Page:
I want to try shrimp tempura at home. What kind of shrimp do I buy? I think we'll only find frozen up here. And I need a recipe for the batter and some instructions.
Shrimp tempura is okay but vegetable tempura is a whole lot more fun to make! Just about any root vegetable is excellent for tempura: carrot, parsnip, radish, beet, potato, pearl onion, green onion, sweet potato, turnip, cauliflower, broccoli and on and on and on.
Here's the tempura batter that I usually use and I do substitute the beer:
Tempura Batter #1
1 egg, beaten
1 cup icy cold water
flour to make a batter thick enough to coat the back of a spoon....usually about 3/4 cup.
mix well and use while still very cold.
You can add parsley, or other seasonings to spice it up.
cold beer instead of water
cornstarch and flour for the batter.
[if I'm lucky, the photos will appear, too...]
1 cup flour*
Â¼ tsp salt
Â½ tsp sugar
1 tsp baking powder
Oil for deep-frying (I like 3 parts Wesson "Best blend" oil, 1 part peanut oil, and a good splash of sesame oil)
Mix flour, cornstarch, salt, sugar, and baking powder.
Add soda water gradually, stirring with a fork, first to create a paste and then until mixture is like a thick pancake batter.
Heat oil for frying to 375Â° F - 400Â° F.
Dip prepared veggies and meats in batter, coating completely. Shake off excess.
Fry vegetables and meats, a few pieces at a time, until light brown and crispy.
Do not crowd pan, or oil temperature will drop. No more than will cover Â¾ of the surface of the oil.
Drain on paper towels.
* NOTE: I like 2 parts all-purpose flour to 1 part rice flour.
You can use just about anything for tempura: eggplant, broccoli, zucchini, sweet potato, shrimp and white fish are most popular. See list.
If you canÂt find "tempura flour" for your batter, use the recipe given. Almost all Asian food stores carry it. Though you can use regular white flour, "tempura flour" makes much crispier tempura.
Mix per package or recipe instructions. Be sure to use very cold water. In fact, some people claim that it is best to use ice water. This is to prevent the batter from forming gluten and making tempura heavy and soggy. Mix until lumps are gone, but be careful not to over-stir.
Heat oil to about 350Â° degrees. To check the temperature, put a drop of batter in your heated oil -- if it sinks halfway and then floats to the surface, the oil is the right temperature*.
Dip ingredients in batter.
..until they are lightly golden in color.
Place the cooked tempura on paper toweling to drain briefly, then eat it while it's hot.
Test for correct oil temperature (if you don't have a cooking thermometer):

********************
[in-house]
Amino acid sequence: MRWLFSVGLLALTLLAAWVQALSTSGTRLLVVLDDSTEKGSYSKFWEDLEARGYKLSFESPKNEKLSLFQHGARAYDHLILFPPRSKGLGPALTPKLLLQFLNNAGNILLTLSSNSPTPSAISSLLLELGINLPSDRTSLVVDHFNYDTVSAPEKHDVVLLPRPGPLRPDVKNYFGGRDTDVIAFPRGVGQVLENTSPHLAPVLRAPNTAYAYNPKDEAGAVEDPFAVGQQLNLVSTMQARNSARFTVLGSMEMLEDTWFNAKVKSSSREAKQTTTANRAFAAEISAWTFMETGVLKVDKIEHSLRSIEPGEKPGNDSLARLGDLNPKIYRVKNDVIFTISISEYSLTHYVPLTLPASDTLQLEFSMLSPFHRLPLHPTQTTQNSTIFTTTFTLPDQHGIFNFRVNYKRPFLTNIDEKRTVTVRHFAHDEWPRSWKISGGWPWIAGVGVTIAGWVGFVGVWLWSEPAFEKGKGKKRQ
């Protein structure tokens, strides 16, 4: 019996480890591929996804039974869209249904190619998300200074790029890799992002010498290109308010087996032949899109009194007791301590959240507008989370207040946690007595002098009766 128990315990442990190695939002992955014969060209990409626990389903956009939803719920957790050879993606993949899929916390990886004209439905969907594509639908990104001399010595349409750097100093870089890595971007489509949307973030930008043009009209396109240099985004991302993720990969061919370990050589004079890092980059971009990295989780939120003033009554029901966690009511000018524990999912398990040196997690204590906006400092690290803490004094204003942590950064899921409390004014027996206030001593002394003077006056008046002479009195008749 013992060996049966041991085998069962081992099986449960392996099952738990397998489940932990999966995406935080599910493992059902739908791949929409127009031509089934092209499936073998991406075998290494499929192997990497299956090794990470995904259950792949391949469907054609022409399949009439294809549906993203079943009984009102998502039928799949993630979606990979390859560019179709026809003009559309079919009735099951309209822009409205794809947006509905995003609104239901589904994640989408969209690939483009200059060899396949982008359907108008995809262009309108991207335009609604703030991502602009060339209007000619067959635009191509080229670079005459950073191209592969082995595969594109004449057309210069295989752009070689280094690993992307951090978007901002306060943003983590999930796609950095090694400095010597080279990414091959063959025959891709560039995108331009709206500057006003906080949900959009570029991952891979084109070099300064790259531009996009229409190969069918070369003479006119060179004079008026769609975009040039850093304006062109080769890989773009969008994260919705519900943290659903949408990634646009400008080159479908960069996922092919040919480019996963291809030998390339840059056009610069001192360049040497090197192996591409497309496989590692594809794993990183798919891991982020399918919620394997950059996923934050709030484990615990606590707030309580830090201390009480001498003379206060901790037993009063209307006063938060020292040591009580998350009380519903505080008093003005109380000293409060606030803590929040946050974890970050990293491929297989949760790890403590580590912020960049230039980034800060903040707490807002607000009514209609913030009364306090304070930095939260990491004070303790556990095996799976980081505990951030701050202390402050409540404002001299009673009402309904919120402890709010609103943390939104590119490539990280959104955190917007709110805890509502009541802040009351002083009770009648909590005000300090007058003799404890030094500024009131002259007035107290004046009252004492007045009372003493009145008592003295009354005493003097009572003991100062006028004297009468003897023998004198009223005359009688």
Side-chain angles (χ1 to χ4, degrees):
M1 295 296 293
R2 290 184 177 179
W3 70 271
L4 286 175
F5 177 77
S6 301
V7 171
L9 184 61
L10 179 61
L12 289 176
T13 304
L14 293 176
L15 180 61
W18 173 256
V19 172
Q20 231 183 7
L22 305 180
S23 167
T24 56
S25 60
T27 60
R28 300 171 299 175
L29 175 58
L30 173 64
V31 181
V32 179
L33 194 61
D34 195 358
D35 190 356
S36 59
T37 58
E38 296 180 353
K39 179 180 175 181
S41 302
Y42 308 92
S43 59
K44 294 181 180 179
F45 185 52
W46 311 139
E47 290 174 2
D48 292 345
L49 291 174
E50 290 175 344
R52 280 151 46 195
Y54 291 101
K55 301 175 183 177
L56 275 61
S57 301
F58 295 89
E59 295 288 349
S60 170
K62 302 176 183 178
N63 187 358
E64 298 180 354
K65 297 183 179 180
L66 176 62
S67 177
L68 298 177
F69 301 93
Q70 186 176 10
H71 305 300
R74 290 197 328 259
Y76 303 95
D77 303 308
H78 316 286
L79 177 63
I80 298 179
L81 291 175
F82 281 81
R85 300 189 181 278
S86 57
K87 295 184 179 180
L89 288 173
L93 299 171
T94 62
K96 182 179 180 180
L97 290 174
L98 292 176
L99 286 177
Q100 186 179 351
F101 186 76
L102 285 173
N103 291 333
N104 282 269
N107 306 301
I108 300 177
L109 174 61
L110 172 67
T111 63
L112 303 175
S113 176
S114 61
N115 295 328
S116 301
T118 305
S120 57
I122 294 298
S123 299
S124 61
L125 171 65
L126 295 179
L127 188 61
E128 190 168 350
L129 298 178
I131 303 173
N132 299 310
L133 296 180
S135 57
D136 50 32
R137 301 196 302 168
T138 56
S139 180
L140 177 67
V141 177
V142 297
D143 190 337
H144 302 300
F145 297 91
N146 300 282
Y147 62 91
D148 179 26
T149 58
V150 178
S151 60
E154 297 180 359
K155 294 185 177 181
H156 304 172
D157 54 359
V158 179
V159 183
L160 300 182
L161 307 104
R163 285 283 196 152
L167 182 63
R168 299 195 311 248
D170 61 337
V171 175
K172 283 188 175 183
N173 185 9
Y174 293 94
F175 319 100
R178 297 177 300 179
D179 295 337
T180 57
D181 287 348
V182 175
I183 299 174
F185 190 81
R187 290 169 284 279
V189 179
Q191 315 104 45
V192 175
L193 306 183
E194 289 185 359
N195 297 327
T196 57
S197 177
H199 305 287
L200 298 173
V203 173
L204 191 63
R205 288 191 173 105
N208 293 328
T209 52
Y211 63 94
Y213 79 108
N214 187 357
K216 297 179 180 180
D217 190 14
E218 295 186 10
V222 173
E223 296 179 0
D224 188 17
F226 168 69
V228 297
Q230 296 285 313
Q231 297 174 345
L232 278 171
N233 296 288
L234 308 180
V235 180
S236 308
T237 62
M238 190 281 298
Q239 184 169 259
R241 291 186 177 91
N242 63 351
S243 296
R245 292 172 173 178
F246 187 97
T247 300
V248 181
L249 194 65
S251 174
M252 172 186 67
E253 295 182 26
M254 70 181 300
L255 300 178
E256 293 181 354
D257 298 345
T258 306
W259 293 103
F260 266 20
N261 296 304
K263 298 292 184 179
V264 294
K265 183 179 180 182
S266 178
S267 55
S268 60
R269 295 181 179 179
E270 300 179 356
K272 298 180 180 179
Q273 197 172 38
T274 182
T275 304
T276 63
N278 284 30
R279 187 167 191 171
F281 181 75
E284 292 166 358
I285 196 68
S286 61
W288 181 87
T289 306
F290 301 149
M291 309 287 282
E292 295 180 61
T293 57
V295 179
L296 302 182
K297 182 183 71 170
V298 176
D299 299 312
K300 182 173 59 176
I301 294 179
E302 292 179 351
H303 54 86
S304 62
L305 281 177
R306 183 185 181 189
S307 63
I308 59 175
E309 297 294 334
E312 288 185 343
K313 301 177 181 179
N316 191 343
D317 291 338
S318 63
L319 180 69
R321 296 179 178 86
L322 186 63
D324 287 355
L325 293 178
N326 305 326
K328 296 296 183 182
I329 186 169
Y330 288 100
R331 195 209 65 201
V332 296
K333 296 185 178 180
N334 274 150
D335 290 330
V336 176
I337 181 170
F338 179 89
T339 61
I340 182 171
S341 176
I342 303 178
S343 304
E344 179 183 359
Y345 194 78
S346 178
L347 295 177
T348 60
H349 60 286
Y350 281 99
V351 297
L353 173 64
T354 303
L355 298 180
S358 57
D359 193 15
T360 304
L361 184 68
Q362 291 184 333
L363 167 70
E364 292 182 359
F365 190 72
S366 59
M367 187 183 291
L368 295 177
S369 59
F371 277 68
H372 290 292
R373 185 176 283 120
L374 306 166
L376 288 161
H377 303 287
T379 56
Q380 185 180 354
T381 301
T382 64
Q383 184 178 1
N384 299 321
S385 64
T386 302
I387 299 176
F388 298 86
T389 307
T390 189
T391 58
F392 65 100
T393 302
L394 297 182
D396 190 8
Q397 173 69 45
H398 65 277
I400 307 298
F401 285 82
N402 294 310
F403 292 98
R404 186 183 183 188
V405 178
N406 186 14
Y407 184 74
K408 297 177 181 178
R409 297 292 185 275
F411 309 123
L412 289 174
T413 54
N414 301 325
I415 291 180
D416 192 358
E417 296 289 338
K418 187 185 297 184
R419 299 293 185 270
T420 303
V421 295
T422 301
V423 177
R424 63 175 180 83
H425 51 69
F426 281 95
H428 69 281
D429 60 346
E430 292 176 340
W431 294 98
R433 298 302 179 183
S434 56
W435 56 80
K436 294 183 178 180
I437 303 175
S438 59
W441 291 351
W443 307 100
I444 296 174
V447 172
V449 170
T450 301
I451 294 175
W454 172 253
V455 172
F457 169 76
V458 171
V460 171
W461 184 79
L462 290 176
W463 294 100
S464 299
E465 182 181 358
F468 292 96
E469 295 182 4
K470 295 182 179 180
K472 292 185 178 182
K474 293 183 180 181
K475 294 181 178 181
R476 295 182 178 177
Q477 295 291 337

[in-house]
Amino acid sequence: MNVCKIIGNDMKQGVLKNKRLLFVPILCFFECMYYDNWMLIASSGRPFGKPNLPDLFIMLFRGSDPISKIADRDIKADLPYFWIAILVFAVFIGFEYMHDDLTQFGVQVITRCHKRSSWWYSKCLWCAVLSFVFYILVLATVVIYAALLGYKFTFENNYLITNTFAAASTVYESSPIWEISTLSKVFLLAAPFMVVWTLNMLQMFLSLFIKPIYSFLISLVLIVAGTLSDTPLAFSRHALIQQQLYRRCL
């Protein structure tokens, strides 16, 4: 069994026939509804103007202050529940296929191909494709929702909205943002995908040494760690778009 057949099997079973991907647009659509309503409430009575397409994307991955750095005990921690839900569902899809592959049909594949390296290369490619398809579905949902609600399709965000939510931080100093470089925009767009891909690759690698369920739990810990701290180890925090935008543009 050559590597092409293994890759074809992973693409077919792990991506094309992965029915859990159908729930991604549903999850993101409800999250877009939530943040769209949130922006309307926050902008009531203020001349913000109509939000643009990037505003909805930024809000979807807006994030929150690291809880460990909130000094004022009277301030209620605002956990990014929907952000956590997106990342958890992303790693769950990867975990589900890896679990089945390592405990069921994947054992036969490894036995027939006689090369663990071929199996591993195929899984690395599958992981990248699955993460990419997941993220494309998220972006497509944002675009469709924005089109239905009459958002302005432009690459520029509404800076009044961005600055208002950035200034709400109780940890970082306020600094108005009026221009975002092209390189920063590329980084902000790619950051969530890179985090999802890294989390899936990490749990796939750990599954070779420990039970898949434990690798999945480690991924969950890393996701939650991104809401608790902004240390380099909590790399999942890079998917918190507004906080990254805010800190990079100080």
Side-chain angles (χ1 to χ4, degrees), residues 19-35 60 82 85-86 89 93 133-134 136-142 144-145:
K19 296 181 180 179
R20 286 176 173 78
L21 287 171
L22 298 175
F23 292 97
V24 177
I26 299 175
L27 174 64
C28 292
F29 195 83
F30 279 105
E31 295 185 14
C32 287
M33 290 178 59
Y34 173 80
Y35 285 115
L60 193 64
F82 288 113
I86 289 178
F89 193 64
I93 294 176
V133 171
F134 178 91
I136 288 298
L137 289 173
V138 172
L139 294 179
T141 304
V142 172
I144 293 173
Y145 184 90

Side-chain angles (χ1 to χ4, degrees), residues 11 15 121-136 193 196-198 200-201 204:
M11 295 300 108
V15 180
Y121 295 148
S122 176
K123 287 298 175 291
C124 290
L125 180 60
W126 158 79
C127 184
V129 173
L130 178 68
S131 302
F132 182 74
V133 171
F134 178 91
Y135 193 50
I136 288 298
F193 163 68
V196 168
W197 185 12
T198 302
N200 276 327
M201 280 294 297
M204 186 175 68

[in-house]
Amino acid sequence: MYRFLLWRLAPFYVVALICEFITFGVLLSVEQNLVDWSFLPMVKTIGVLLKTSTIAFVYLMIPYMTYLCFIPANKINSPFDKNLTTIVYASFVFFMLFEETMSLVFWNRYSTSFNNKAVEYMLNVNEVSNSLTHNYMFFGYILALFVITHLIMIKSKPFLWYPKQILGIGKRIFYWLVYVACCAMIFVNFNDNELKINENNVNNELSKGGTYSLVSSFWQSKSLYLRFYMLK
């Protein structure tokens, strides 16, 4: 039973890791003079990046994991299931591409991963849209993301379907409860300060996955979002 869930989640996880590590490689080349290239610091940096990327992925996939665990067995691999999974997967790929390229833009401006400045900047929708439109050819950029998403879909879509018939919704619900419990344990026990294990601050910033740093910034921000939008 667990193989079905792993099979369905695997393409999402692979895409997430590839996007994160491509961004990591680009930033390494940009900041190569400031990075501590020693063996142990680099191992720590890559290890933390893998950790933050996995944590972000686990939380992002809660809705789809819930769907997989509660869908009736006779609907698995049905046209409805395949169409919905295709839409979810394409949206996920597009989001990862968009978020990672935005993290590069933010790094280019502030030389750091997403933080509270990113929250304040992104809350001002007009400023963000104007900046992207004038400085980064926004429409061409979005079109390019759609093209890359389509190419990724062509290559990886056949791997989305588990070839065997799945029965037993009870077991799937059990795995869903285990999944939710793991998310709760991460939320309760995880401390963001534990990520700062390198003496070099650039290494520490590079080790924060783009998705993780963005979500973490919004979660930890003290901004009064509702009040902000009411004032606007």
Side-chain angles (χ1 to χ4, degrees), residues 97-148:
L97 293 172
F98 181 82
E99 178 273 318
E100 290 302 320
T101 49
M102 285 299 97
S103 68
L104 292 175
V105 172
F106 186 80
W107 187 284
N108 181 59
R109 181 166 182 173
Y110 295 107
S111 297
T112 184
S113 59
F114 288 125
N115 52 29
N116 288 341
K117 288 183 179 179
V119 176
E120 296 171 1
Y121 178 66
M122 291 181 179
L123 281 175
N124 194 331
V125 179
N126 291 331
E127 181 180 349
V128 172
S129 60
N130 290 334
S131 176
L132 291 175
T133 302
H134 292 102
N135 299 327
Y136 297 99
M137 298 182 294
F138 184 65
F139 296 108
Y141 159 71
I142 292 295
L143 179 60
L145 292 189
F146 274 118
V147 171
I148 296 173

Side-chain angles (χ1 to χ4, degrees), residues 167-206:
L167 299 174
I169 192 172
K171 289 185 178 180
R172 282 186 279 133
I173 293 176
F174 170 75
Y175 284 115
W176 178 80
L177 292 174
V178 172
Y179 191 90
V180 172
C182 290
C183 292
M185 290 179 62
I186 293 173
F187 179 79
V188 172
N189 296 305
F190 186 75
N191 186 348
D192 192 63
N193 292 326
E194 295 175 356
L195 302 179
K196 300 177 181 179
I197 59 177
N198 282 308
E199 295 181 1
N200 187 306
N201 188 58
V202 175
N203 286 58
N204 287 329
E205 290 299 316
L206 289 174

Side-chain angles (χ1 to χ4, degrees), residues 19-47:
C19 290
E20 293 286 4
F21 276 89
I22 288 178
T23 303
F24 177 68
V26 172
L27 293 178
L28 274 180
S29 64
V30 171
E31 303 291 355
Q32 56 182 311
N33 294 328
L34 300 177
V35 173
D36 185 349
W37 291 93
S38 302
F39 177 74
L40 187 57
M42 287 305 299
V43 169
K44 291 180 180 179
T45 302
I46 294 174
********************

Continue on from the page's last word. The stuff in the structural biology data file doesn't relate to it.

Drop in 1/4 tsp of batter.
If it sinks to the bottom, oil is not hot enough.
If it rises to the surface quickly and turns golden brown in about a minute, oil is just right.
If it burns immediately, oil is too hot.
This test can also be done with a cube of bread.
1. PANKO TEMPURA
To use Japanese breadcrumbs (panko), dip items in batter, smoosh around in crumbs, then fry.
2. SANTA MARIA STYLE:
Sub any good light-colored (not "lite") beer for the soda water.
Add 1 Tbs Susie-Q seasoning instead of salt and sugar.
Cholula brand hot sauce is optional.
3. CAJUN-CREOLE STYLE
Add 1 Tbs Creole seasoning instead of salt and sugar.
Suggested Vegetables and Meats for Tempura:
Any of these work for any of the styles but IÂve grouped them here in what I think seems MOST appropriate.
For basic and panko --
Japanese eggplant (thinly-sliced)
Mushrooms (small "button" mushrooms or sliced, if large)
Oyster mushrooms, Shitake mushrooms (stems removed)
Carrots (sliced very thin, diagonally)
For SM-style beer batter --
Chicken (thin strips, rolled in chopped cilantro before the batter)
Broccoli (small florets)
Mexican/spring onions (with softest green cut off)
Green beans (small)
Olives (green Spanish; pitted; WELL drained)
For Cajun-style --
Sweet potatoes (thinly-sliced)
Bell pepper (red)
Onion rings (floured before dipping)
Traditional Tempura Sauce
Â½ cup chicken stock
(or dashi soup stock)
2 Tbs soy sauce
2 Tbs mirin (sweet rice wine) or dry sherry
2 Tbs peeled and grated fresh ginger root
Combine all ingredients and just heat in a small saucepan to blend.
Delicate Tempura Sauce
3 Tbs soy sauce
2 Tbs orange juice
2 Tbs dry sherry or mirin (sweet rice wine)
1 Tbs finely chopped green onion
1 Tbs sugar
1 tsp sesame seed
Mix all ingredients.
JoeÂs Apricot-Pineapple Tempura Sauce
1 cup apricot-pineapple preserves
4 tsp rice wine vinegar
1 Tbs shallot, minced
1 Tbs light brown sugar
1 tsp garlic, minced
Â½ tsp minced fresh ginger
Â¼ tsp red pepper flakes
In a saucepan, combine preserves, vinegar, shallots, brown sugar, garlic, ginger, and pepper flakes, and stir to combine. Bring to a boil.
Stir, reduce the heat and simmer until thickened and the flavors are married, 4 to 5 minutes. Let cool to room temperature.
You can substitue plum preserves if you cannot find apricot-pineapple preserves.
Spicy Dipping Sauce
Â¼ cup hot Chinese mustard
2 Tbs water
1 Tbs soy sauce
1 Tbs rice wine vinegar
1 Tbs sugar
1 Tbs chopped fresh cilantro
Whisk all ingredients together.
Wow! Thanks you guys!
So kids, how do I post in-text photos?
They have to be stored on the internet somewhere. I use Photobucket. Then just copy and paste the HTML code here.
Don't have any food pics, but here's my big boy:
tempura --especially veggie -- yommmmm! (fulfilled my food talk)
angel...is that a pug? are they nice near kids, especially little ones? i am thinking of getting one for my g-babe since my dil mentioned pug. likes, dislikes? isn't it's butt cold? lol
What a timely thread and thanks for the recipes Joe and Michelle. Iwant to try this soon.
We went to a new restaurant the other night and I had their shrimp tempura for a starter. It was so delicious. The shrimp was wrapped in proscuitto and then dipped in the batter. It was so good.